Requiring someone to get a medical procedure as a condition of employment is morally wrong, is unfair, and violates the person’s rights. People should not be expected to “deal with” things that are morally wrong and unfair and that violate their rights. If something is morally wrong, unfair, and violates people’s rights, as is the case with vaccine mandates, then it should not be tolerated, accepted, or dealt with; it should be gotten rid of.

But apparently, Chris Baugh believes that morally wrong, unfair, and rights-violating situations are perfectly fine, and that the people who voice their opposition to them are the problem.

Fortunately, Baugh was fired on October 20, the day after his words were published. Someone who has demonstrated such appalling moral bankruptcy deserves neither a job nor, in my opinion, the right to breathe oxygen or exist on this earth.

*Although even that is debatable, because covid vaccines seem to have almost zero effect on the actual spread of covid, but only its severity.

bookmark_borderMy public comment on CDC/APIP Docket No. CDC-2022-0111

Below is a public comment that I submitted regarding the possibility of adding the Covid shot to the immunization schedule for kids, which the CDC will be meeting to discuss tomorrow. If you are so inclined, you can leave a comment yourself at this link. Please reference CDC/APIP Docket No. CDC-2022-0111.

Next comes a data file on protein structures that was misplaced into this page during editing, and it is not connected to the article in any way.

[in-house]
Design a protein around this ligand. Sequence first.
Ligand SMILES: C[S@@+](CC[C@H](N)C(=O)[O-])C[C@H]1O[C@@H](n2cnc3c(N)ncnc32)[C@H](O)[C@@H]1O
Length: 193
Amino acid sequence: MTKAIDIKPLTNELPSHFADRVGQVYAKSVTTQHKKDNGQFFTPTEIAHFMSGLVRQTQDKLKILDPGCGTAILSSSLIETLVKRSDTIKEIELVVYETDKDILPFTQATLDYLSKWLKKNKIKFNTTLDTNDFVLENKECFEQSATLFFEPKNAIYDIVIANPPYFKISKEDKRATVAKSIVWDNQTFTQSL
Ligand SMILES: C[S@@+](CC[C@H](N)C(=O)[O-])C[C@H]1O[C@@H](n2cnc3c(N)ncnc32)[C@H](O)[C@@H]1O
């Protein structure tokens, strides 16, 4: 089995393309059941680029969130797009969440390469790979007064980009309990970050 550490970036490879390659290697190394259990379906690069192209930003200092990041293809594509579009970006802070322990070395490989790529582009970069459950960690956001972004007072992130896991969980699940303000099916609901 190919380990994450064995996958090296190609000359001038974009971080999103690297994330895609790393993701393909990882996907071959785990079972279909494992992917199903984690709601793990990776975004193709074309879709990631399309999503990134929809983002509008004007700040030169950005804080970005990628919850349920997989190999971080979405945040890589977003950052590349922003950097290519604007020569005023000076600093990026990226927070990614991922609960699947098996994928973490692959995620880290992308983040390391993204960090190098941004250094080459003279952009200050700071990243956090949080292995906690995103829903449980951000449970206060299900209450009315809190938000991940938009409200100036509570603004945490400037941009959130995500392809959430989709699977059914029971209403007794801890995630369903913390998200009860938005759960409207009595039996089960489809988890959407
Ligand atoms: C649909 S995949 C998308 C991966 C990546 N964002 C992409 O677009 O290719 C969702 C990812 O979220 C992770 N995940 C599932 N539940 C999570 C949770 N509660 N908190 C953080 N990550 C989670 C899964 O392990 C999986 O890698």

To whom it may concern:

I am strongly opposed to the addition of any vaccines, particularly the Covid-19 shot, to the Vaccines for Children program. In my opinion, there are already too many shots, tests, and other medical procedures that children are made to routinely undergo, which negatively impacts their quality of life. The last thing our society should be doing is adding to the list of medical procedures that children are subjected to.

In my opinion, it is a particularly bad idea to add the Covid-19 shot to the list of vaccines administered through the Vaccines for Children program. Although there is some evidence that these shots reduce the severity of illness for people who get Covid-19, there is no evidence that the shots actually prevent people from catching Covid in the first place. This factor alone makes Covid shots significantly different from the other vaccines in the Vaccines for Children program, all of which prevent diseases as opposed to merely reducing their severity. I believe that every person has an absolute and fundamental human right to make his/her own medical decisions, and therefore I am philosophically opposed to making any medical procedure mandatory under any circumstances. However, I think that it would be particularly wrong to make the Covid shot mandatory because the justification of protecting the community by reducing disease transmission cannot really be used for shots that do not prevent transmission.